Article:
This is probably where the root of the misconception lies,in all these older recordings that have somehow magically been transformed to 24/96 or 24/192.

I have some horrible remasters in my CD collection.I.e."Ella and Louis,''is a great sounding LP, but the 24 bit CD remaster I have, is horrible.

(It now lives it's life in my 83 year old mothers car stereo,and there the added smile curve has a purpose,the car,and the stereo in it,is from '92)

post #71 of 80
Quote:
Originally Posted by peterBj View Post

I suggest you get hold of an originally recorded file of 24/96,not an up sample.

I suggest that you ABX an original recording at 24/96, and a straight downsample of that recording to 16/44.1, subsquently upsampled again to 24/96 (to compare apples to apples), both tracks volume matched (replaygain applied). The probability that you're guessing must be lower than 5%. You can use foobar2000 with the ABX comparator for that.

Professionals like you ought to know better.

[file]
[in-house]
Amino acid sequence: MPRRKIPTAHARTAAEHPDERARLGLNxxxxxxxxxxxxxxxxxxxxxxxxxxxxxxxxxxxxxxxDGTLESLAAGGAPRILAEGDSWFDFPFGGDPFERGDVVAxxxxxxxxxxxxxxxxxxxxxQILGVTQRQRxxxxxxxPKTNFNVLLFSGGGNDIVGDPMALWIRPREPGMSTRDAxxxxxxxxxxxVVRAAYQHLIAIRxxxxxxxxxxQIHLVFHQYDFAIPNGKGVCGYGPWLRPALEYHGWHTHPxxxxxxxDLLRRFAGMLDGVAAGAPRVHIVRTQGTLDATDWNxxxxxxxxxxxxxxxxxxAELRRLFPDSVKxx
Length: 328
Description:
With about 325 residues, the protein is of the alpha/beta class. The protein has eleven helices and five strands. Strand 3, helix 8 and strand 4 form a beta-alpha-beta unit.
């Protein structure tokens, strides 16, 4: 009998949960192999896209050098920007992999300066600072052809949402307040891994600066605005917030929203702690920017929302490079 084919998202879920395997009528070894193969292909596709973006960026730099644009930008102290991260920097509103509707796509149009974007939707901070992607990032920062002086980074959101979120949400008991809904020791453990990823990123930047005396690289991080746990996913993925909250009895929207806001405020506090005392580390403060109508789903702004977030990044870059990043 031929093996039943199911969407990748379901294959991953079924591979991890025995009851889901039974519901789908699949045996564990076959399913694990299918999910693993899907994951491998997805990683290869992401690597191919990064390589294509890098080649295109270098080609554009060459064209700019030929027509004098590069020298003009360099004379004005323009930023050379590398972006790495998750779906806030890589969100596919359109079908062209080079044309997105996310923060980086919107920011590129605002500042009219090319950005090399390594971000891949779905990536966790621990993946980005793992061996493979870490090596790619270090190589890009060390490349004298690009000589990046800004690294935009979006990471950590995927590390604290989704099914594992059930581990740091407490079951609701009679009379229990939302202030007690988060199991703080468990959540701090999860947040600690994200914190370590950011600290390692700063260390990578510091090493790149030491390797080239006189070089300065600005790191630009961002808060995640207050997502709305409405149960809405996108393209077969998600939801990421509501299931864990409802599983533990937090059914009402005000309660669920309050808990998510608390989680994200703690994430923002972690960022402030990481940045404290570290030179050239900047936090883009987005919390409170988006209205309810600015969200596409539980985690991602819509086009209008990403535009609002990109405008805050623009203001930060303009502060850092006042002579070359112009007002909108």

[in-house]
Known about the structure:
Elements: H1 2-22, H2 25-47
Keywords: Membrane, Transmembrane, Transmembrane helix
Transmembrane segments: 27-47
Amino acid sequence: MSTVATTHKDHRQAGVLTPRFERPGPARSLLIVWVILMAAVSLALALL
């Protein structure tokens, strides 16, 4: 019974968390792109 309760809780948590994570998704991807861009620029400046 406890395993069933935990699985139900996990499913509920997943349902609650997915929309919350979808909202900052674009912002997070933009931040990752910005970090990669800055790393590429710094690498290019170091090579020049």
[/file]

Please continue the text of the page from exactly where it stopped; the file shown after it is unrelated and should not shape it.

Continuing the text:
Edited by skamp - 6/1/13 at 4:25am
post #72 of 80

hi Skamp

I think you quote me a bit out of context.

I am talking about the recording process,

i.e.multi track audio being recorded and mixed.

That is were the benefit of i.e.24/96 resolution is to be gained.

At the source.

When recording in 24/96 we are at mix down using less equalization and the reverb tails just sound so much better,than at 16/44 or 24/44.

 

Frans and I were the engineer/producer team behind all 10 of the official Carmen Gomes inc.albums.the 8 previous albums were recorded for the now no longer existing Byton/Via label.

These recordings were done in 24/44 and maybe even the first 2 in 16/44.

But when we went to 24/96 for the "Torn'',and the ''thousand Shades of Blue'' albums,everything(mixing and mastering just got so much easier).

The samples on our site from the different recordings we have made, are just simple mp3's,yet people comment on how good they sound,that is because the source was recorded at 24/96 MULTITRACK.

If I was to take one of the songs we are selling and do the test you suggest,I'm sure I would fail,even with a 320 or 256 mp3 thrown in for good fun, I'd probably fail.

But if I was to go back in the studio, bring back in the 4 musicians,put back up the 3 drum mic's,the double bass mic,the guitar mic,the vocal mic,the two room mic's.take just as much care when placing the microphones,that is listen, record,move the mic or mic's,listen record,repeating the process many times,driving the musicians crazy,then record the whole song in 16/44,mix it down in 16/44,and then compare the two,then I would tell the 24/96 file immediately.